We finished our festival experience in style with My Scientology Movie by Louis Theroux – an insight into the world of Scientology in LA. The popular British filmmaker talks to ex-members of the church and they reenact experiences they’ve been through with the church leader – David Miscavige. Theroux’s harmlessly blunt and honest approach was as funny as always, especially the way he deals with conflict and harassment from Scientology members.
Two other documentaries were the special highlights of our Managing Director. National Bird, about drone warfare programme, was made with the contribution of whistleblowers and victims on both sides – US military personnel and Afghan people whose families have been destroyed by imprecise drone attacks. It’s a devastating film that brings to the surface inhumane and disconnected war tactics that countries all over the world partake to ‘in our name’, ‘in the fight against terror’, but all it’s doing is actually creating terror.
Care was Irantzu’s absolute favourite though. The film explores the work and relationships of four private caregivers and the elderly, infirm and disabled people they care for. A poignant story of underrecognised and undervalued care workers in the US. In the face of a private health care system, with an elderly population predicted to grow by 65% over the next 20 years, and care workers only by 2%, the film emphasises the urgent need to recognise and invest in caregivers. The storytelling was sublime and very graceful, whilst handling a difficult subject matter and the Q&A with the director and producer was simply wonderful.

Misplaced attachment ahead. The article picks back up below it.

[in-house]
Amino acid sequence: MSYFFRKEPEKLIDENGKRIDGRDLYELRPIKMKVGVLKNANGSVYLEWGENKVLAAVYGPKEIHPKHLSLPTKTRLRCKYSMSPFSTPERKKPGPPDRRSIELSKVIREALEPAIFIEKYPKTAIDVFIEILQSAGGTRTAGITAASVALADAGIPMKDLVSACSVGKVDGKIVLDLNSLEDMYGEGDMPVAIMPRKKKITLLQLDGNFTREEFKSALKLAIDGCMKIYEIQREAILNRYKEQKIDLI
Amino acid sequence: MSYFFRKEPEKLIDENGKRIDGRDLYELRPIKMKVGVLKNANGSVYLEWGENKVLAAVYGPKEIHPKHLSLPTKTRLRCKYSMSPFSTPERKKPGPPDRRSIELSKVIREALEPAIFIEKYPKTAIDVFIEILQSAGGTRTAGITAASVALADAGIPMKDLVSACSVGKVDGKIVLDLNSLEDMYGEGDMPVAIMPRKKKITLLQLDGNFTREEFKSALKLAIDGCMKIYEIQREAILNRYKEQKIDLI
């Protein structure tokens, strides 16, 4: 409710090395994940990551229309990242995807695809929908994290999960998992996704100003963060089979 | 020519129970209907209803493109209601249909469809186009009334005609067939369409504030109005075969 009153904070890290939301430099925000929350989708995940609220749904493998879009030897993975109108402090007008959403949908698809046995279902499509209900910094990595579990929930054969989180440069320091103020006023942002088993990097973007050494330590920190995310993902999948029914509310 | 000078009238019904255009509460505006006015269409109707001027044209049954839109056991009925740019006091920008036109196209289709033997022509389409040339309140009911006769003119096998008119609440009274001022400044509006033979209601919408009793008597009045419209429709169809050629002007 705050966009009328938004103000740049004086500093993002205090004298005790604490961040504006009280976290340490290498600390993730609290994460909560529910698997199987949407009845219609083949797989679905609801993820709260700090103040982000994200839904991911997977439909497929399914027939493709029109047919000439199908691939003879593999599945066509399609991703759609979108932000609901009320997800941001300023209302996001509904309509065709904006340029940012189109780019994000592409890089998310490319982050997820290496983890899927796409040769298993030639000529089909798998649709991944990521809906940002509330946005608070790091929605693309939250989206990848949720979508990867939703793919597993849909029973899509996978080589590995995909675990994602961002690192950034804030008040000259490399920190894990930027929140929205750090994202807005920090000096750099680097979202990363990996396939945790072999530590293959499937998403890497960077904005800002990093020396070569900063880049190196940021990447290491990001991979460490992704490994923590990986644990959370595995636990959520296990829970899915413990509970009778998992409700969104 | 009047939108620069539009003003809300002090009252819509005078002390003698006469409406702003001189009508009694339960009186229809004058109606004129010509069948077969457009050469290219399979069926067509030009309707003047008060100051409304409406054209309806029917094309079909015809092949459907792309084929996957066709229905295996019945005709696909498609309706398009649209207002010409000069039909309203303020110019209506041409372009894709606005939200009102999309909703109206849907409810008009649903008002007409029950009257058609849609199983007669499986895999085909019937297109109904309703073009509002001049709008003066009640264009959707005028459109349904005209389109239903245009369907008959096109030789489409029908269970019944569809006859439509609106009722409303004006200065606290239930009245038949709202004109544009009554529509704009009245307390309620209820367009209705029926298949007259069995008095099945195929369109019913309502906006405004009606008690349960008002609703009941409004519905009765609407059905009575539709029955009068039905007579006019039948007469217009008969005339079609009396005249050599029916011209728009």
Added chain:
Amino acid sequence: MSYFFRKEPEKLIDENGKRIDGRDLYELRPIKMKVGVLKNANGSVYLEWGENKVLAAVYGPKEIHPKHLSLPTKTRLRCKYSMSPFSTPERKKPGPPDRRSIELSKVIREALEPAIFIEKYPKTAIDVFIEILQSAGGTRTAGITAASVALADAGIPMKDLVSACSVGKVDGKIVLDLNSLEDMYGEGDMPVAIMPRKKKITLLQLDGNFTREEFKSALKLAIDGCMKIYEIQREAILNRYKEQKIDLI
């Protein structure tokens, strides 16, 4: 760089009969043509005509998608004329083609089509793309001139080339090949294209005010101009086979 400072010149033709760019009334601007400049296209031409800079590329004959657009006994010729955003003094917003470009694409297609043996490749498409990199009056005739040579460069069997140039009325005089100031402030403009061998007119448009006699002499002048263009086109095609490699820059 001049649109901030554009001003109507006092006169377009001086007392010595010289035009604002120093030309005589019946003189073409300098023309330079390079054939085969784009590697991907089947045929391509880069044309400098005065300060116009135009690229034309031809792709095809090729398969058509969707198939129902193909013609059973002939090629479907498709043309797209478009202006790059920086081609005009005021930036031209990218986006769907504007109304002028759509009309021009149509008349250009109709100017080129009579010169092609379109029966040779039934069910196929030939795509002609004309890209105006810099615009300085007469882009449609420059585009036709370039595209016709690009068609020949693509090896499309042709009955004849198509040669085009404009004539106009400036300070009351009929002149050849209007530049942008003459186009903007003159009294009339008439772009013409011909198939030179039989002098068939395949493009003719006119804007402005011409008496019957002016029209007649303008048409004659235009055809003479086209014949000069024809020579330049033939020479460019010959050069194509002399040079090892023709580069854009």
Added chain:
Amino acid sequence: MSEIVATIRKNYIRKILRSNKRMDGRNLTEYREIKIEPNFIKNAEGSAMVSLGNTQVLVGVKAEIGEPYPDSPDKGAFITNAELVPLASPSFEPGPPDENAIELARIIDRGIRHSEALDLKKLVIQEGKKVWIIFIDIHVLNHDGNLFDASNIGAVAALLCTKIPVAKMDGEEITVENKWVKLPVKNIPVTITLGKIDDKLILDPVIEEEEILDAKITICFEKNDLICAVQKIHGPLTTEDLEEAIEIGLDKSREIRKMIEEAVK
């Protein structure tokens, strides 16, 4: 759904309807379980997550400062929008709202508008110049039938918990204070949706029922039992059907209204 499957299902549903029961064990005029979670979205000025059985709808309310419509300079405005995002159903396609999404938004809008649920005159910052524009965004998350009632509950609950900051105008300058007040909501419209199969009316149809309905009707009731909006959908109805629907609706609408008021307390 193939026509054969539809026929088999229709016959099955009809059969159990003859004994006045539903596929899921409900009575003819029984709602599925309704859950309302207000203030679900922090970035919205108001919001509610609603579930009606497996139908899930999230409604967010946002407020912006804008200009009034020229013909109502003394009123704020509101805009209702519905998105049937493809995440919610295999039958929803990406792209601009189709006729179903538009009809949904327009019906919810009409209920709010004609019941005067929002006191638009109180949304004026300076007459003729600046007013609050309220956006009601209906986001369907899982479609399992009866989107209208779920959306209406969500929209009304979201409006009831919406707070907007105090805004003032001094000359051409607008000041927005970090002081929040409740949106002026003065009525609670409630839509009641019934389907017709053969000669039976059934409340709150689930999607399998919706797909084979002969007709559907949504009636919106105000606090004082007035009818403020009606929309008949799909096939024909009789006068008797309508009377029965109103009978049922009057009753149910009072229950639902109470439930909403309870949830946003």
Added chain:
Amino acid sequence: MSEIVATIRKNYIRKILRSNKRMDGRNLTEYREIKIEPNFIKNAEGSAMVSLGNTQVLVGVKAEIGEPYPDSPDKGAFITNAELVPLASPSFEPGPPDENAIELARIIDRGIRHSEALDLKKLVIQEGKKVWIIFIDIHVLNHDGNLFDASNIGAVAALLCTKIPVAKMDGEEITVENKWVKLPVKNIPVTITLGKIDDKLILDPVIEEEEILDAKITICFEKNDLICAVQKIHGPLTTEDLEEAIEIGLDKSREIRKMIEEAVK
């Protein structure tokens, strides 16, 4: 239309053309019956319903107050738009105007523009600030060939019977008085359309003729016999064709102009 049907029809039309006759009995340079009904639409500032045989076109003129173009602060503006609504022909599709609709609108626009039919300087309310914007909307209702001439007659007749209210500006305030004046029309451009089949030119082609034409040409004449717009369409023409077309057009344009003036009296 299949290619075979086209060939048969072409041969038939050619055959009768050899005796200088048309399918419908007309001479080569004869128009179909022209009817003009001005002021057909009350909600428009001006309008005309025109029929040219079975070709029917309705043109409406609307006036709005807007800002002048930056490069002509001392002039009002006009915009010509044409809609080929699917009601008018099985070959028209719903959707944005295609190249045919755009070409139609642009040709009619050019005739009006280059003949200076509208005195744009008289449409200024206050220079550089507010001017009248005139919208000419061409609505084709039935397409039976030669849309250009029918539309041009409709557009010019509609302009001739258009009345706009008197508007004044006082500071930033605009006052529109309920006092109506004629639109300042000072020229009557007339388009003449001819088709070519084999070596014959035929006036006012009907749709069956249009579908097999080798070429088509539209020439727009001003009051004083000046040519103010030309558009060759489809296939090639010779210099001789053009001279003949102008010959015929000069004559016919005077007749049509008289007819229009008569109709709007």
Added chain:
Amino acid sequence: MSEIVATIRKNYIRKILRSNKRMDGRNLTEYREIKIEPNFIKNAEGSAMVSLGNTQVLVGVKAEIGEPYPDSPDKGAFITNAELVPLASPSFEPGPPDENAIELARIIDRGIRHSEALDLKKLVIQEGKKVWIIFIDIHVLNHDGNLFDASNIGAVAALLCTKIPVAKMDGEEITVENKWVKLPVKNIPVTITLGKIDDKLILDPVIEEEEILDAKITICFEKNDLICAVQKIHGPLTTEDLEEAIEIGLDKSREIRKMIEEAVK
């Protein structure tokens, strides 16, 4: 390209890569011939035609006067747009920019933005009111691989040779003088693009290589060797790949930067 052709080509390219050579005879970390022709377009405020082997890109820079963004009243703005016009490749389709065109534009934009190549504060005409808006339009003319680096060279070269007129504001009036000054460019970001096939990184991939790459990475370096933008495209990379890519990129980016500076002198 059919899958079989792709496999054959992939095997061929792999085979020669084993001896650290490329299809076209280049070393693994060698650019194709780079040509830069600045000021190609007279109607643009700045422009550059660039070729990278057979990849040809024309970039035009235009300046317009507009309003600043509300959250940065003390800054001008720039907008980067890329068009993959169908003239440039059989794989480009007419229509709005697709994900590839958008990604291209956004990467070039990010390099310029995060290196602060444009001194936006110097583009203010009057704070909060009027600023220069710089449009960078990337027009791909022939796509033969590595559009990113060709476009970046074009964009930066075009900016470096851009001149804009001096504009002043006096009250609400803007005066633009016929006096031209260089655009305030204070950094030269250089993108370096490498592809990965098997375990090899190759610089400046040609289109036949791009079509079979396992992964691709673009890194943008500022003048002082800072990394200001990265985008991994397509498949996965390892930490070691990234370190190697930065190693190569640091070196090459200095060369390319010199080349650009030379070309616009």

Irantzu also attended the Grierson DocLab‘s reception for their trainees in the Winter Garden. She was delighted to catch up with the trainees after the workshop she hosted at last month’s Doclab and she looks forward to continuing with individual one-on-one CV workshops for each of them. The event buzzed with great energy and networking – it’s clear the Grierson Trust are actively developing a quality pool of future talent.
Last but not least it was great to hang out with some of our talent in attendance. We bumped into our editors Marius Grose and Lisa Forrest at the BBC party in the Sheffield Cathedral and it was lovely to catch up about our festival highlights and chat about the films. It’s fun to see friendly faces outside of the usual work environment and have the rare chance to check out their dance moves. ‘Till next year Sheffield!